If you frequently find yourself lost in your thoughts, consider learning about maladaptive daydreaming disorder to help yourself from being trapped in your imagination!

Taking a few moments to daydream can help a person take a break from reality and think more creatively or even solve problems. But when it goes too far, it becomes maladaptive daydreaming — an unhealthy preoccupation that can disrupt everyday life and damage relationships. Let’s learn more about it!

Read more here: The Fantasy Addict: 3 Signs To Watch For and How To Recover



Up Next

Is Lifestyle Creep Sneaking Up on You? 2 Key Signs to Reassess Your Spending Habits

Lifestyle Creep: Important Questions to Ask Yourself

Are you familiar with the term lifestyle creep? Even if you are not, you may be a part of it unknowingly. Wondering why? Because it comes very subtly with the upgradation of our lifestyle.

You get a raise or a bonus, and suddenly, your daily coffee turns into a pricey latte, your old car feels outdated, and that budget-friendly vacation destination no longer seems appealing. This is the concept of lifestyle inflation that may give you a hard time eventually.

Hence, overcoming such spending disorders is possible with careful planning of your budget and maintaining a few strategies. If you are also finding the solution for your unnecessary spending habit, keep following.

Are Lifestyle Creep and Spending O



Up Next

Why It’s So Hard to Admit You’re Wrong: 7 Surprising Psychological Barriers You Didn’t Know About

Why Is It So Hard To Admit To Being Wrong? Psychological Reasons You Need To Know

Have you ever found yourself in the middle of a heated debate, feeling that gnawing sensation that you might be wrong, but don’t want to admit it? Or maybe you are watching someone double down on their stance, even when all evidence points to the contrary, and wondering, “Why can’t they just say they’re wrong?” It’s a common scenario that plays out in classrooms, workplaces, and even family dinners, leaving many of us puzzled about why it is so hard to admit to being wrong.

Admitting we’re wrong isn’t just about swallowing our pride. For some people, admitting an error feels like a failure on a personal level, thus threatening their self-esteem and identity. Others worry about being judged and what consequences may follow. It’s not stubbornness alone, but this innate fear of exposure and vulnerability that makes it hard to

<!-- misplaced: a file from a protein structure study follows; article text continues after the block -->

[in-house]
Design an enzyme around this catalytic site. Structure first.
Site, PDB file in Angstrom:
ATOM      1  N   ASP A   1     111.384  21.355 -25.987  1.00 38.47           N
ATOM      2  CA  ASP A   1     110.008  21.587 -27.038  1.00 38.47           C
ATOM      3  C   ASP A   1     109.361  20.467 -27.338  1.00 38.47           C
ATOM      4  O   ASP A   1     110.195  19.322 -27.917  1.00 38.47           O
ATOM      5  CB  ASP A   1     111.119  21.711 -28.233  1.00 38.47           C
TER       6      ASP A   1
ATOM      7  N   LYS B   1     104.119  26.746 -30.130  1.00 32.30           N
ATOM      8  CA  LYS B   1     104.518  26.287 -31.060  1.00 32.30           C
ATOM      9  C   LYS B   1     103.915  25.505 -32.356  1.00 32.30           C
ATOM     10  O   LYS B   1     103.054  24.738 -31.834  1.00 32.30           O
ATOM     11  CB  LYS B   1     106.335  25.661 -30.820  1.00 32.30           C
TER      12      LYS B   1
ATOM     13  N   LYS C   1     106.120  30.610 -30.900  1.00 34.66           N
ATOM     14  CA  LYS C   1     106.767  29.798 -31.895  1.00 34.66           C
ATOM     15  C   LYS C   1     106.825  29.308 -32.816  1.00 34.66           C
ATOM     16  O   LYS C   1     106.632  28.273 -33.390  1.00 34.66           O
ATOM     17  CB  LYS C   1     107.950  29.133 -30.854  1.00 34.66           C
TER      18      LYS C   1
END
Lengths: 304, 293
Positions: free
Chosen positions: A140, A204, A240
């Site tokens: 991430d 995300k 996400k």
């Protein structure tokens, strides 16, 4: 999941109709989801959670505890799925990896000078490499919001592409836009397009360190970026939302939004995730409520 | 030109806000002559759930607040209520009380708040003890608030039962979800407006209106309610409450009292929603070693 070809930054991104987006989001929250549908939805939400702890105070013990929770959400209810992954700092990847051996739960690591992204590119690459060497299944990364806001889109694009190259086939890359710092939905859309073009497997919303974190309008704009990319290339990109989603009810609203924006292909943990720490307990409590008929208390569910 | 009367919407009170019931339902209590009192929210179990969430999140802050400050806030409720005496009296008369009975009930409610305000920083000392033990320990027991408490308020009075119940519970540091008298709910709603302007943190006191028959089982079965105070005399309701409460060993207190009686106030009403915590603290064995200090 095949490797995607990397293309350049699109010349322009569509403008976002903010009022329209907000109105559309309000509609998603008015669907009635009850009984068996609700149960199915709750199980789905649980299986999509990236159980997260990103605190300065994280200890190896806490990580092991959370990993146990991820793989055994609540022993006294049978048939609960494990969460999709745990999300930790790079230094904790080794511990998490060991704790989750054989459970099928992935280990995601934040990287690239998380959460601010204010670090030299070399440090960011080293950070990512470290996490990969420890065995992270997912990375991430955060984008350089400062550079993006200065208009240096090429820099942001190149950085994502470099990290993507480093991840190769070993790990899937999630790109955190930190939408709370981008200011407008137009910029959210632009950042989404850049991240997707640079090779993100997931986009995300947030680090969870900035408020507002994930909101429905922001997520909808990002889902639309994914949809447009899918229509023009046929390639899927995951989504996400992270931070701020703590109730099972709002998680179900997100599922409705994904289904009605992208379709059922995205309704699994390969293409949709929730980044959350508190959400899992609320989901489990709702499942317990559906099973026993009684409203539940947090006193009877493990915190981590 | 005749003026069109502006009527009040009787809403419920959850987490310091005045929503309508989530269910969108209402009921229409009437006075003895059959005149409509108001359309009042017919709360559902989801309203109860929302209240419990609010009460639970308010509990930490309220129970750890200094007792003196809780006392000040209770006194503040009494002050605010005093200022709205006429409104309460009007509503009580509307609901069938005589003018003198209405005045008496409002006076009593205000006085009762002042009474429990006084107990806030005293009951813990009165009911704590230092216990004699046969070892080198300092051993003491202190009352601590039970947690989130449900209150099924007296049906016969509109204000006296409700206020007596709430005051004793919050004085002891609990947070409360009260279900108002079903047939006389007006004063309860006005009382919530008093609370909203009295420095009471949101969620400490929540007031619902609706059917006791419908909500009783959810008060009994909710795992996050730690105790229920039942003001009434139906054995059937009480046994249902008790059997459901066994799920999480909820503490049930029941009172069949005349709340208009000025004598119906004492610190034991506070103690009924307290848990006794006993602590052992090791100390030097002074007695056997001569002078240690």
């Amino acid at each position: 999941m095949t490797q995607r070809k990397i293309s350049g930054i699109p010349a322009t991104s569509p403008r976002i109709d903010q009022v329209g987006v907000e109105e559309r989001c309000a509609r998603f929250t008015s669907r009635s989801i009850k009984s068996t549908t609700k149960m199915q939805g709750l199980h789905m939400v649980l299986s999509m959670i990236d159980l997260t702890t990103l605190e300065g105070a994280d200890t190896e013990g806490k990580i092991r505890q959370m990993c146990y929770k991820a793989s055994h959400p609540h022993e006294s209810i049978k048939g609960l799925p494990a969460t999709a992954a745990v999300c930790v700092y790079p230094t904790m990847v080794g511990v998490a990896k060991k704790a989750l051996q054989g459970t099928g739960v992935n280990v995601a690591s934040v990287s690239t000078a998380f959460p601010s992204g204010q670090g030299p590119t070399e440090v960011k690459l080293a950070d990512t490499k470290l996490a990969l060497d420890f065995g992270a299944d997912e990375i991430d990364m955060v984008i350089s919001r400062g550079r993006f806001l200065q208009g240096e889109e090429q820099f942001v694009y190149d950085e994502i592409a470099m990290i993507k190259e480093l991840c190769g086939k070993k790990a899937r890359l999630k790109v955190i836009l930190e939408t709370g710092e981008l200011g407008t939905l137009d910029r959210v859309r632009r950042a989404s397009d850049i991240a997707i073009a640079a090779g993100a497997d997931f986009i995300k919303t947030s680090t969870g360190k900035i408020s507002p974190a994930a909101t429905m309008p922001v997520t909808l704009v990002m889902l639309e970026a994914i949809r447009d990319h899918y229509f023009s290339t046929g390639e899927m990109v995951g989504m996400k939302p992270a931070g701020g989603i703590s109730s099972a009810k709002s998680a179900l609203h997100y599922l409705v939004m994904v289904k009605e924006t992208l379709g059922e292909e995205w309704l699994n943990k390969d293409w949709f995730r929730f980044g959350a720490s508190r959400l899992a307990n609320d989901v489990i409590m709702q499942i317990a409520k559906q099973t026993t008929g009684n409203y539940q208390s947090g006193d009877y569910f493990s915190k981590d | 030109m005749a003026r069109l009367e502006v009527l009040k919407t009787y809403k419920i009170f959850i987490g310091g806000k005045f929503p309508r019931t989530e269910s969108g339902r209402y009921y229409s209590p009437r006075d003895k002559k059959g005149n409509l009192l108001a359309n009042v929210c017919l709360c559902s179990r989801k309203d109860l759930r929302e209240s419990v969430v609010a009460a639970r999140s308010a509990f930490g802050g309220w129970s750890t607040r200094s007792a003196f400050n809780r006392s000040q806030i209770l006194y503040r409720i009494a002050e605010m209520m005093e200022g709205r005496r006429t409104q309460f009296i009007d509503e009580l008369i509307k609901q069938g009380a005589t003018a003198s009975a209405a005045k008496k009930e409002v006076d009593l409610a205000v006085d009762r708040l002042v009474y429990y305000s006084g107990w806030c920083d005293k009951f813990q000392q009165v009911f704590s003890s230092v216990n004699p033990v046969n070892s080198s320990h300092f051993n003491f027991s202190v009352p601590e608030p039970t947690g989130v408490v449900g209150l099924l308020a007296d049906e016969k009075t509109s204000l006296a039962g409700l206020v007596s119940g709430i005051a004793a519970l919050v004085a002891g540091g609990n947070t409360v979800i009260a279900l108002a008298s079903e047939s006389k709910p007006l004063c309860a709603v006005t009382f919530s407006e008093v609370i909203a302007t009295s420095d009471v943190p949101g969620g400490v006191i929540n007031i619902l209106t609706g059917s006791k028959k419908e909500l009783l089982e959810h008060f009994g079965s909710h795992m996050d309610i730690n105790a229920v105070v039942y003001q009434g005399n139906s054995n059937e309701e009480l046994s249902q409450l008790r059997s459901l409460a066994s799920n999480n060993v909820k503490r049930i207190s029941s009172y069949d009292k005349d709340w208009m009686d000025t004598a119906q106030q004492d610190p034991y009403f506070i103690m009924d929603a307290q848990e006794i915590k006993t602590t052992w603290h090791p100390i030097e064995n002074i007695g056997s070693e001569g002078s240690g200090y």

Up Next

4 Powerful Ways to Accept Vulnerability and Sensitivity In Your Life

Vulnerability and Sensitivity: Amazing Ways to Embrace It

Vulnerability and sensitivity – are two character traits that are often misunderstood and considered obstacles, but did you know they can be blessings in disguise?

Our early childhood and formative years, particularly in early infancy, adolescence, and young adulthood are the main times when we get maximum life-altering experiences. This is the time when we face ups and downs in careers, heartbreak, trauma, depression, struggle, and many more, isn’t it?

We go through various overpowering experiences that permanently affect the subcortical regions of our brains, whether or not we consciously recall them.

This might occasionally make us feel vulnerable and insufficient. We feel that to avoid being branded as weak, stupid, or too sensitive, we have to be powerful, intelligent, and tough. 



Up Next

7 Surprising Facts About Boredom: Learn The Science Of Ennui

Fascinating Facts About Boredom That You Must Know

Do you ever feel like you’re never able to sit still? Boredom may seem like a simple inconvenience, but many surprising facts about boredom might change how you view those periods of listlessness.

The Science Behind Being Bored

Ennui means boredom in French, and it involves complex neural processes. Research has shown that it activates brain regions associated with self-control and planning for the future.

If you find yourself feeling bored quite often, then, without further ado, let’s learn about the facts about being bored.

Related:



Up Next

How To Be Your Best Self: 4 Hacks To Set Effective Self Development Goals That Actually Work

Hacks To Set Effective Self Development Goals

The hardest battle you’ll ever face is the one between your current and future self. To become a better person, you have to get rid of your inner weaknesses. The best way to do this is to set self development goals for yourself.

It’s a little hard to see the path to self-improvement milestones. It’s not as simple as waking up one day and being a better person.

It takes time and reflection, and a lot of people need help to get started. If you’re looking for a sign to start your self-improvement journey, this is it! It’s never too late, so let’s explore together!

Understanding Self Development Goals



Up Next

What Self Love Is Not? Understanding 5 Common Misconceptions About Loving Yourself

What Self Love is Not? Common Myths To Debunk

Self love is not just taking bubble baths and affirmations. It’s definitely not an individualistic ego thing. So what is it truly? This simple-sounding phrase has a broader meaning in our lives and in this article, we’ll discover what it means to love yourself!

The effect of post-modernism has made everyone quite detached from each other and there is an underlying promotion of living and being alone. Elements like self-love support this concept.

However, post-modern self-love has a toxic edge that is camouflaged under the original term. So follow the discussion to check whether you are going in the wrong direction with your self-love.

Read More: